Thursday, 3 March 2011
When Directors Act (for Others)
Back in the day, directors stepping out in front of the camera to act was rare, saved for those iconoclastic directors who have a flare for dramatics. Or perhaps directors with the biggest egos, a little bit of both maybe. Orson Welles is the best example, directing and starring in his first film. His bombastic reputation was equalled by prodigious talent in front of and behind the screen.
His best and most well known performance directed by someone other than himself is Carol Reed’s post-war noir The Third Man. Playing the mysterious Harry Lime. He doesn’t appear until the second half of the film, only referenced numerous times as a dead man, and the reason why the film’s hero Holly Martins has come to Vienna. Lime’s and thus Welles’ appearance in the film comes as a great suprise. Welles’ self-written cuckcoo clock speech is deservedly a classic, same with Welles’ frantic chase through the sewers of the city, so dramatically shot by Reed.
Erich von Stroheim was also an early director who memorably appeared in other director’s films. Even more impressive than Welles perhaps, not only doing it inside and outside of Hollywood, but in two different languages. His performances as the artistocratic aviator in Jean Renoir’s La Grande Illusion is a classic, same with his iconic portrait as Norma Desmond’s butler in Sunset Boulevard.
Sydney Pollack just has a great voice, if he didn’t direct he would have made a great character actor. His gruff smoker’s voice and midwestern accent, and strong screen presence made him an ideal white collar bureaucrat. His fine character work in Tootsie and Eyes Wide Shut added strong sense of credibility to his roles.
Nineteen Ninety-Nine was a great year for Spike Jonze. Months before his Being John Malkovich garnered him a Best Director Oscar nomination for his first feature film, he played one of key supporting principals in David O Russell’s high profile summer action flick Three Kings. The film actually should have been called Four Kings, because Jonze’s character Conrad has equal weight and stake in the hero’s journey. Despite the fine performance it would be Jonze’s only significant appearance as an actor in a feature film (thus far).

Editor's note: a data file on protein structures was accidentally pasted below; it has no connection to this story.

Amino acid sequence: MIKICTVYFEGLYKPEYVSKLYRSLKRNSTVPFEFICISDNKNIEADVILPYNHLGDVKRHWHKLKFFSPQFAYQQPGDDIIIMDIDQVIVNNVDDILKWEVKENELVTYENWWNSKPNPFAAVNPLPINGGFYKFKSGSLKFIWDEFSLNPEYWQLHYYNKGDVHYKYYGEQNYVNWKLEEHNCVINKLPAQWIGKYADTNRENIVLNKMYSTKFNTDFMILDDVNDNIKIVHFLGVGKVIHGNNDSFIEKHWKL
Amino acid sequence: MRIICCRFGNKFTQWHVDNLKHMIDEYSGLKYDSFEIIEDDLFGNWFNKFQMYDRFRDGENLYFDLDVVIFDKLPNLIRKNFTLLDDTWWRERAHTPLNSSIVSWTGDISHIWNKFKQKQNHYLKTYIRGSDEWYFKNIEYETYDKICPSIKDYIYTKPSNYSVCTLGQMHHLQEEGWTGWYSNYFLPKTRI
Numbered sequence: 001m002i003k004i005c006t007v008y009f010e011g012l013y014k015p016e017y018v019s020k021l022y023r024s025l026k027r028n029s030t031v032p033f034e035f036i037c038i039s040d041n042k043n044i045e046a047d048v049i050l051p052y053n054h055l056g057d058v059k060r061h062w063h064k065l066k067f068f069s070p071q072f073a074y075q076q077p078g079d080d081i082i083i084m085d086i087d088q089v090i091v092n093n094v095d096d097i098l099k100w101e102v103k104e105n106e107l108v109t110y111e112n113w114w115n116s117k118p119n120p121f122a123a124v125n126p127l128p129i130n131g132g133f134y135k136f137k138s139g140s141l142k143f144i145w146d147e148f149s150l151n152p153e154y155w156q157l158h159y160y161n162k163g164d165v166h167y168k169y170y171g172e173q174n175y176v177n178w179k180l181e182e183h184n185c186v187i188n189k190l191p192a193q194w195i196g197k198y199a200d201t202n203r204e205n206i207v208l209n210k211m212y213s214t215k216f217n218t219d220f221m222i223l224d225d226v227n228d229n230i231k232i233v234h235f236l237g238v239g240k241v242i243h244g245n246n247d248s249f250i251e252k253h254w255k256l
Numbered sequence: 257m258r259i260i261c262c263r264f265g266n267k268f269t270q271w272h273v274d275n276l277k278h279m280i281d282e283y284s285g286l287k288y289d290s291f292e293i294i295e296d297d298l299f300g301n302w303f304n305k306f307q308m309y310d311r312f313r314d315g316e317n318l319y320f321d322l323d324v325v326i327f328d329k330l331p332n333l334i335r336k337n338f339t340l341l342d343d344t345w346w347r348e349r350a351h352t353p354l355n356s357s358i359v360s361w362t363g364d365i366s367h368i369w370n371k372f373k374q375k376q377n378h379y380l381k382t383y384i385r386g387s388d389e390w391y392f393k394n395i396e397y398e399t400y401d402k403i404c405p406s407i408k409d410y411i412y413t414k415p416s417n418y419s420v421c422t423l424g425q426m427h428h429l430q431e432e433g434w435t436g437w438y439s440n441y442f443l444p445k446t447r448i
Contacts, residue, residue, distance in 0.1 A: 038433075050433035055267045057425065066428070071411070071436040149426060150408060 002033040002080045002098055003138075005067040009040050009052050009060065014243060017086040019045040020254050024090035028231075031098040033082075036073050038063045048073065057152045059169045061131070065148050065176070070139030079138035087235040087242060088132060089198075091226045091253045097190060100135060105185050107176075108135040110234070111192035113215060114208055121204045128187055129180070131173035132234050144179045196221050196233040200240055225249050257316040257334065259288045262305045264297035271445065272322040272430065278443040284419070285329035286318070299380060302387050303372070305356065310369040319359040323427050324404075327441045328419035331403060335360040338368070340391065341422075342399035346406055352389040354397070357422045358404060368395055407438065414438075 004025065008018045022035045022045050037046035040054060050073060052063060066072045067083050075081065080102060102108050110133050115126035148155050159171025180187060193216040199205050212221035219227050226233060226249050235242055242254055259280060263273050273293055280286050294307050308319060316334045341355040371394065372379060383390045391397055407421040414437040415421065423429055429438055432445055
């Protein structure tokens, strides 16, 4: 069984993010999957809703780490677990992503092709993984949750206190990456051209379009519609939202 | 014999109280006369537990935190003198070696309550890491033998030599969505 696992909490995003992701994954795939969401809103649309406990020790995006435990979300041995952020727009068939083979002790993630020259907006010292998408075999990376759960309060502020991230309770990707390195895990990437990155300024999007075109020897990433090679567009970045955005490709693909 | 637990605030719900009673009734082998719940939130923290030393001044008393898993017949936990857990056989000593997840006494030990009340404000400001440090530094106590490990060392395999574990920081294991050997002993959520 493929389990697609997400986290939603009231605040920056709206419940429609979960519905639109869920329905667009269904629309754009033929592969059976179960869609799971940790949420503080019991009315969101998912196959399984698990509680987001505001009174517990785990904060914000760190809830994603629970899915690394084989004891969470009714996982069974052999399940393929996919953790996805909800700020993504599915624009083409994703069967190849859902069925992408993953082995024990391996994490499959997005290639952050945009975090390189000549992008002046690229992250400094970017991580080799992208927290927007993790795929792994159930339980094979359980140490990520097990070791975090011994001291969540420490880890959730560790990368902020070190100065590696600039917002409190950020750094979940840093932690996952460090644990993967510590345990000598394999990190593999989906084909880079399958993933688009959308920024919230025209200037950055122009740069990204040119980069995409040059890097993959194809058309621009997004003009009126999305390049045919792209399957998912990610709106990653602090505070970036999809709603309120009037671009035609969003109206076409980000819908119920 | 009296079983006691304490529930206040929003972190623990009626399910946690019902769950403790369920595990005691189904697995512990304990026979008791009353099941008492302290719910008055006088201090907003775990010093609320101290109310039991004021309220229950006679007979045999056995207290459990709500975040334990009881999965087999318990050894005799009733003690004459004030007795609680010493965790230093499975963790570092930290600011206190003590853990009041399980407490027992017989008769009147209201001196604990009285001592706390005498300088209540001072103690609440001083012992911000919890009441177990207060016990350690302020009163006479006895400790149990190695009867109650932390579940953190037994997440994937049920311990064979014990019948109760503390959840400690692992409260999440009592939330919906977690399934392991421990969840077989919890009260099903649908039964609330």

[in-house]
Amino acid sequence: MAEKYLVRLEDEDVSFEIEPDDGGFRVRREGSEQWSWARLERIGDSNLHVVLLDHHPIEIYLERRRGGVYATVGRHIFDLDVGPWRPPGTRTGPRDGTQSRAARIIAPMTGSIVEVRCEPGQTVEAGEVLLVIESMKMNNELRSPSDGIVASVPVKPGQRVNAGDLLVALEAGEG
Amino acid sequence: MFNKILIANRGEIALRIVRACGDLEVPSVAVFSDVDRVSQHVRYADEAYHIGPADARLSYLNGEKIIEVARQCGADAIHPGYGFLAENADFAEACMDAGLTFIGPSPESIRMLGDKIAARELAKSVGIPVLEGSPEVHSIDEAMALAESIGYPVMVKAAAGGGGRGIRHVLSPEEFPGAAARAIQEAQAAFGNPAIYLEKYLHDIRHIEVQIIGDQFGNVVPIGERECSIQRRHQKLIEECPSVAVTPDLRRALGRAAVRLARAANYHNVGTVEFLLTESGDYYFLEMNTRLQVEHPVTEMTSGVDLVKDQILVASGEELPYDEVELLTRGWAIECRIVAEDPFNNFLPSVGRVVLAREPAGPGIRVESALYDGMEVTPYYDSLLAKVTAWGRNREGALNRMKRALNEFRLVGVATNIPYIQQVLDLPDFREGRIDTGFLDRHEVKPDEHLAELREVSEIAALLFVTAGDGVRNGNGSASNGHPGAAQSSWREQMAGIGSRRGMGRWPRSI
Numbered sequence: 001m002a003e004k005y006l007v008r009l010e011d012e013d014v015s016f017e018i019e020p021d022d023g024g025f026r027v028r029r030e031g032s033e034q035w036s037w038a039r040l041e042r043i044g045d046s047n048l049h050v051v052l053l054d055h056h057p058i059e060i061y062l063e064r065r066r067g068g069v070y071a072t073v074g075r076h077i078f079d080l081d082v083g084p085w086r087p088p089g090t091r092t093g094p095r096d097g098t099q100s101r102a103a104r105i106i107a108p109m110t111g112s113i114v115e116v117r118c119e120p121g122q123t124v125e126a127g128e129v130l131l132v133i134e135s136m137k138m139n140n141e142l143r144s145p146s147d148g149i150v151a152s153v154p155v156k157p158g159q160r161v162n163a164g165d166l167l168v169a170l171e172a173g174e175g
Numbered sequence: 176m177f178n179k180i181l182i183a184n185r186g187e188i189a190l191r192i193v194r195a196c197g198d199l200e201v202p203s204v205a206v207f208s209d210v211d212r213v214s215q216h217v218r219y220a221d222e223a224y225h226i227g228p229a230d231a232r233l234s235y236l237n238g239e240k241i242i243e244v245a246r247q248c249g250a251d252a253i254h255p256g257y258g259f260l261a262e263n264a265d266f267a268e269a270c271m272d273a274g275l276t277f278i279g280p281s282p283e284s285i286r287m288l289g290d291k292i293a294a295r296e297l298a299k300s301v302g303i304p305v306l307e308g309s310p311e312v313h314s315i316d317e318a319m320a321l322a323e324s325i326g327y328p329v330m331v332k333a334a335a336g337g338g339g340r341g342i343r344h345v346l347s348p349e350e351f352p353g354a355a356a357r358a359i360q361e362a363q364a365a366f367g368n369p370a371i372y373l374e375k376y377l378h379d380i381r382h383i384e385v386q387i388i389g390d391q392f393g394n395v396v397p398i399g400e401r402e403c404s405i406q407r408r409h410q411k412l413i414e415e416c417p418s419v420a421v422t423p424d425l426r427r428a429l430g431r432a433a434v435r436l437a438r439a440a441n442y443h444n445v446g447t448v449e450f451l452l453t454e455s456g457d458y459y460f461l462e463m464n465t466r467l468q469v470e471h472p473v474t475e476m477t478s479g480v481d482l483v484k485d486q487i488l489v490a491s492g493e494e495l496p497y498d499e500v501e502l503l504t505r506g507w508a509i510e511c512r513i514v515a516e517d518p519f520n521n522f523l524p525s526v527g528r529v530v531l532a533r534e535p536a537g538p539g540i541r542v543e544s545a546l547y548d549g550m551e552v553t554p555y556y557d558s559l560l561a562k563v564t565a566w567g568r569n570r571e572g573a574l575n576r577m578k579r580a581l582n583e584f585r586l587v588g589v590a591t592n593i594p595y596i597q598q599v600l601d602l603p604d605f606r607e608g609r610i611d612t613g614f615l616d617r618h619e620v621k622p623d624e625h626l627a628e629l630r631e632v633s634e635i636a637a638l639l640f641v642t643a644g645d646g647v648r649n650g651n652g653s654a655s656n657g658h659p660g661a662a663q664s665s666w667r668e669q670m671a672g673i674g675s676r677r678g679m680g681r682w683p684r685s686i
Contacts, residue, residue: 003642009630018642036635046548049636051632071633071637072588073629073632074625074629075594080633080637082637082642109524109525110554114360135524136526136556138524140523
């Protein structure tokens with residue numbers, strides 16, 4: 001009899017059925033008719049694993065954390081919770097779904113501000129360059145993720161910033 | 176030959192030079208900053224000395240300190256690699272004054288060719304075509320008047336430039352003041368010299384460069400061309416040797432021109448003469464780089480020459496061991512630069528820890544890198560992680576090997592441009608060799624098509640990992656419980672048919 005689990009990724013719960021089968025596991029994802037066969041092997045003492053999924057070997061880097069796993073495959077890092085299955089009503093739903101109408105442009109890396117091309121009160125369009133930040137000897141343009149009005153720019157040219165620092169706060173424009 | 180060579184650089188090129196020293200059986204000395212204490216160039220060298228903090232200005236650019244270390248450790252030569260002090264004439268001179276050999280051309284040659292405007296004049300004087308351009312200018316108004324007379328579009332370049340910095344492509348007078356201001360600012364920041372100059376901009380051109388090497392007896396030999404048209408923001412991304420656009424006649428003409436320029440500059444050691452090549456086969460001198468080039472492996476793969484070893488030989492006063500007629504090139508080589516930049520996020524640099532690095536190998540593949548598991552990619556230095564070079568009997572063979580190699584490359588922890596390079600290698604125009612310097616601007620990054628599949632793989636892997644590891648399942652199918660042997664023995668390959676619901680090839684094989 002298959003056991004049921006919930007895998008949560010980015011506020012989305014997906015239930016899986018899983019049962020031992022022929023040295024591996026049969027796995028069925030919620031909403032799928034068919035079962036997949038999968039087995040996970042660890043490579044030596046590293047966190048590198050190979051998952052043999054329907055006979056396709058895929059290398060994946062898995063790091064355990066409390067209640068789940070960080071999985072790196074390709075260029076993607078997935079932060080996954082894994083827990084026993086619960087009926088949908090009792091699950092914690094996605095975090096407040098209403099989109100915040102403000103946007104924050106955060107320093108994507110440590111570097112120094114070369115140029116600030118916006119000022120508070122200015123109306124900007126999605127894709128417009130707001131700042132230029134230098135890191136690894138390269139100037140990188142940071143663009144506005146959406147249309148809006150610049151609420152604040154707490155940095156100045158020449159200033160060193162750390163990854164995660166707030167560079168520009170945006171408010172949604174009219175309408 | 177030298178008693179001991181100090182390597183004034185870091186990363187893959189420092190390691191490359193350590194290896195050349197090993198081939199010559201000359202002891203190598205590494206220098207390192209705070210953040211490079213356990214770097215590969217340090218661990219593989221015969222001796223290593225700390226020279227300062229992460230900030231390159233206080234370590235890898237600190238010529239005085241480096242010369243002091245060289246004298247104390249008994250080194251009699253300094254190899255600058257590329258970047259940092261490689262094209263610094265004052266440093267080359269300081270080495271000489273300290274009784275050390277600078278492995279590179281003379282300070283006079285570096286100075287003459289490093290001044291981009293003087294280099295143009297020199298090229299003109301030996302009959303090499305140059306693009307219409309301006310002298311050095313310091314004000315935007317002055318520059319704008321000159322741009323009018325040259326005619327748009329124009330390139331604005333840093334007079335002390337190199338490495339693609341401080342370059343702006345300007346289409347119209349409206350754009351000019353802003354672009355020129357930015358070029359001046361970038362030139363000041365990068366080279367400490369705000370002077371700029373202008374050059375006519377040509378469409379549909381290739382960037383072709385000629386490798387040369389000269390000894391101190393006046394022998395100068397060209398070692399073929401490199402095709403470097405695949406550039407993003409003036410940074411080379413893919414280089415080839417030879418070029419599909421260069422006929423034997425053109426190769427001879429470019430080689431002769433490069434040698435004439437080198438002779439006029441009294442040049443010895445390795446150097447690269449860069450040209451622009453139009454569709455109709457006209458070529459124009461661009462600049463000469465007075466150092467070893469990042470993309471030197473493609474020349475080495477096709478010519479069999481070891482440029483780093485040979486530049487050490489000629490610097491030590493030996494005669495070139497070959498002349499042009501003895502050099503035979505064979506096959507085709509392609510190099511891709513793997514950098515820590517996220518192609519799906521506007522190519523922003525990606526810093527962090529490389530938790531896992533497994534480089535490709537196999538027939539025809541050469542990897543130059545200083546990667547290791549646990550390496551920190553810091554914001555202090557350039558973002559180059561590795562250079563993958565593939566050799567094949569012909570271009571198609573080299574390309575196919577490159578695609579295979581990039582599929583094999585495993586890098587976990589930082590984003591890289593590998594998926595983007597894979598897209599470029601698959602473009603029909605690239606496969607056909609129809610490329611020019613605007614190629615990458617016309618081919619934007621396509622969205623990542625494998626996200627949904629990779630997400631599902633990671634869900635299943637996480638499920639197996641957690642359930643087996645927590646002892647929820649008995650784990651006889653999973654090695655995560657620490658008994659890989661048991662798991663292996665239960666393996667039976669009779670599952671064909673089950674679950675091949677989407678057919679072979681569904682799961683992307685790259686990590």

Serbian filmmaker Emir Kusturica may be lesser known in North America, but the two-time Palme D'Or winner had shown to have a wide range of acting talent, acting in English and French, in Neil Jordan's The Good Thief and Patrice Leconte's The Widow of St. Pierre, most notably his lead role in Christian Carion's acclaimed spy thriller L'Affaire Farewell alongside another actor-director Guillaume Canet.
In lesser roles, directors such as Martin Scorsese and David Cronenberg have had fun and memorable cameo roles in other people’s films. Cronenberg's touching performance in Don McKellar’s Last Night for instance, or his cameo in Gus Van Zant’s To Die For. Cronenberg seemed to make regular appearances in other horror films, thus lampooning his own predalictions for the genre, but since the 2000’s he’s stayed strictly with directing. Scorsese first had a remarkable acting debut in his own Taxi Driver, but later adapted well for Robert Redford in Quiz Show, Irvin Winkler in Guilty By Suspicion and Akira Kurosawa in Dreams.
Outspoken and larger-than-life 90's directors such as Kevin Smith and Quentin Tarantino have tested the waters outside their own films without much lasting success. For Smith, recently he's branched our farther than cameos sending up his persona, in legitimate comic relief roles in Catch and Release and Live Free or Die Hard. For Tarantino there was his title role in the forgettable Destiny Turns on the Radio in 1995 at the height of Tarantino-mania. But the most memorable performance in the worst movie of all listed in this piece is Tarantino's brief appearance at the end of the fogettable relationship drama Sleep With Me, taking a page out of Orson Welles' book writing his own memorable speech, discussing the homo-erotic undertones in Top Gun.